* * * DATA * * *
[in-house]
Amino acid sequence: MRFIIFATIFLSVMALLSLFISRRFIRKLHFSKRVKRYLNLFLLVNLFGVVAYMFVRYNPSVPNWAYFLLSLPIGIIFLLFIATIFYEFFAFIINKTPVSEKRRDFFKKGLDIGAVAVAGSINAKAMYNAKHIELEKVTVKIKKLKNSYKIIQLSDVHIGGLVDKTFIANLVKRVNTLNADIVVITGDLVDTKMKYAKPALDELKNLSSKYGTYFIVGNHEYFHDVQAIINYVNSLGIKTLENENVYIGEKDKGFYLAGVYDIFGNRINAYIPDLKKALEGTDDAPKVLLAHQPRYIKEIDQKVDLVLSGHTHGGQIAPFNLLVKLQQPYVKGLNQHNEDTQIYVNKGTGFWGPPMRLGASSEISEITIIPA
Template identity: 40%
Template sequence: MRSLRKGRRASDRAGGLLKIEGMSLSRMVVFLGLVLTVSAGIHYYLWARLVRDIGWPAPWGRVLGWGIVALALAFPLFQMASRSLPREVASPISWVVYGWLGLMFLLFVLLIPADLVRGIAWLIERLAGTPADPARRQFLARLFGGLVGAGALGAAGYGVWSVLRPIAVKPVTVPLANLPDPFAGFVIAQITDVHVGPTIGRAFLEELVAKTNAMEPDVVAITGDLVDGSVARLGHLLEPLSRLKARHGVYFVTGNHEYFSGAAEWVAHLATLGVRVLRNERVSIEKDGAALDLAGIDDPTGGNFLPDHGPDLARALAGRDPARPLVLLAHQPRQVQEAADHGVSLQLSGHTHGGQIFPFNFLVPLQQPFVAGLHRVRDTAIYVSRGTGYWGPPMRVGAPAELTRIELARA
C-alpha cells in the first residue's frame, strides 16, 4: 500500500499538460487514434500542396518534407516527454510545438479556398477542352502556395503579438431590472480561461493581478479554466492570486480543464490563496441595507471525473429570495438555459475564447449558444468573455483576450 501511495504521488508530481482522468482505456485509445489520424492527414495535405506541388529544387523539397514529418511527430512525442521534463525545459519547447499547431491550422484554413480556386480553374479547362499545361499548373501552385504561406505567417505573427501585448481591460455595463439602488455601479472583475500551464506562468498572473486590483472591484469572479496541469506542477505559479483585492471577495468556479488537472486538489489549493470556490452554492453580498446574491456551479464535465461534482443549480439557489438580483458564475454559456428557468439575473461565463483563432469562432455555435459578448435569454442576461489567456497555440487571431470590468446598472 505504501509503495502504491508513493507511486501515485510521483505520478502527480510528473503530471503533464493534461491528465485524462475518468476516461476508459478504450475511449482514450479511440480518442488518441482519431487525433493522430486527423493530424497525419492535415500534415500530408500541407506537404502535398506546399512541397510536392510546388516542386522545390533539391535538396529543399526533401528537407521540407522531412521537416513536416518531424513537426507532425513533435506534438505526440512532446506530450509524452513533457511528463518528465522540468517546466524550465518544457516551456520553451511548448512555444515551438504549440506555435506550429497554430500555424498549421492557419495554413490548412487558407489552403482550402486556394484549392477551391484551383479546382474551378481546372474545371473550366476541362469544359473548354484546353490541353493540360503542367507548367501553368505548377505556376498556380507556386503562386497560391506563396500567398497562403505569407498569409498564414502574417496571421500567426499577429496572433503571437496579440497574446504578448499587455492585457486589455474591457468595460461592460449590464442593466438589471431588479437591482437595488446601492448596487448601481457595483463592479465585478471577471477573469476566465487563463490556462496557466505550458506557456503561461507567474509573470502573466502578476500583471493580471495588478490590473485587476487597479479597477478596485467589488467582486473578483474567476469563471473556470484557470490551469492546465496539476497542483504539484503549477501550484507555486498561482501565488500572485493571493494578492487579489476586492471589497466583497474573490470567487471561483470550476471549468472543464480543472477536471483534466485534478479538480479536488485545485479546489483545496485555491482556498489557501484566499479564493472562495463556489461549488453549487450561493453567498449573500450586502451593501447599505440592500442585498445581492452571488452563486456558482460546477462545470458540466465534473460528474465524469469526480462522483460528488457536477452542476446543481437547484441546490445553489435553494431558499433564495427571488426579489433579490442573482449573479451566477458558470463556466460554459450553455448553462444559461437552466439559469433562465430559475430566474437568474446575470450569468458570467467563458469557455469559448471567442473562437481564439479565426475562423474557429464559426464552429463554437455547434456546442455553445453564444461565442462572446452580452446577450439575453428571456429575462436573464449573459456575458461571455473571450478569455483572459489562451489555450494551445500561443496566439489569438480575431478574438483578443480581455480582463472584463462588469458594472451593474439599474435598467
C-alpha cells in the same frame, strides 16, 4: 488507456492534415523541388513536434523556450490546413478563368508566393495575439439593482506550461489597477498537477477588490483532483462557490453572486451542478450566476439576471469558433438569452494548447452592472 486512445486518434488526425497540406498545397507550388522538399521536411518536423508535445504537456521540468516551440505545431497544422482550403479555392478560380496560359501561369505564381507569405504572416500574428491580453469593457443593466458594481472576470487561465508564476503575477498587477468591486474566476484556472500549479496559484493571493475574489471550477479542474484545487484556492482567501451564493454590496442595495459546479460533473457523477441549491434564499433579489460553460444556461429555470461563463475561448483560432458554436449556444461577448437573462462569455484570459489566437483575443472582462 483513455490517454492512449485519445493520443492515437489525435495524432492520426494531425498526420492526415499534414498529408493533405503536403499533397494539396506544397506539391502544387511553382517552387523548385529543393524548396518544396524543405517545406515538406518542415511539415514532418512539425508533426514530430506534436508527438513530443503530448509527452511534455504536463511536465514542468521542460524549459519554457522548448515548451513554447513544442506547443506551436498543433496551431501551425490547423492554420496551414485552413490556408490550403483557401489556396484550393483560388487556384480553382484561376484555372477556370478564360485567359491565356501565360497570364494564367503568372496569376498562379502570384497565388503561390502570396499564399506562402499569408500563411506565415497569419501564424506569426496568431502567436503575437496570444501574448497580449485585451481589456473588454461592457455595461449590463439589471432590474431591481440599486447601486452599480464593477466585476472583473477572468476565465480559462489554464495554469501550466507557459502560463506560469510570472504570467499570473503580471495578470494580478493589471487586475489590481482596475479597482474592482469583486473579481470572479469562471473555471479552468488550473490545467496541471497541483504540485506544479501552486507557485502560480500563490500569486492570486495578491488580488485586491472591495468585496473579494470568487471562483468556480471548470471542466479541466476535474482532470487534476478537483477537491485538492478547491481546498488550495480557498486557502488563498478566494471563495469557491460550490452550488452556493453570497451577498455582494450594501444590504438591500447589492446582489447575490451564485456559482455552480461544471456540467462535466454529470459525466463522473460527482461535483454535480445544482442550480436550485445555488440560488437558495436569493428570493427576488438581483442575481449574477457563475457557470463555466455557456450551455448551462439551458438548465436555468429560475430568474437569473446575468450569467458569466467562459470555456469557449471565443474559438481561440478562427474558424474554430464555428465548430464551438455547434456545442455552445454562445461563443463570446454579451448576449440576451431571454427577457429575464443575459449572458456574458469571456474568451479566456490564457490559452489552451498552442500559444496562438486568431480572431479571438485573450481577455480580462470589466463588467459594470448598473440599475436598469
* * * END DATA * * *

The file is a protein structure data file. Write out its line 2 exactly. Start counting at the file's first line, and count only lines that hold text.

Amino acid sequence: MRFIIFATIFLSVMALLSLFISRRFIRKLHFSKRVKRYLNLFLLVNLFGVVAYMFVRYNPSVPNWAYFLLSLPIGIIFLLFIATIFYEFFAFIINKTPVSEKRRDFFKKGLDIGAVAVAGSINAKAMYNAKHIELEKVTVKIKKLKNSYKIIQLSDVHIGGLVDKTFIANLVKRVNTLNADIVVITGDLVDTKMKYAKPALDELKNLSSKYGTYFIVGNHEYFHDVQAIINYVNSLGIKTLENENVYIGEKDKGFYLAGVYDIFGNRINAYIPDLKKALEGTDDAPKVLLAHQPRYIKEIDQKVDLVLSGHTHGGQIAPFNLLVKLQQPYVKGLNQHNEDTQIYVNKGTGFWGPPMRLGASSEISEITIIPA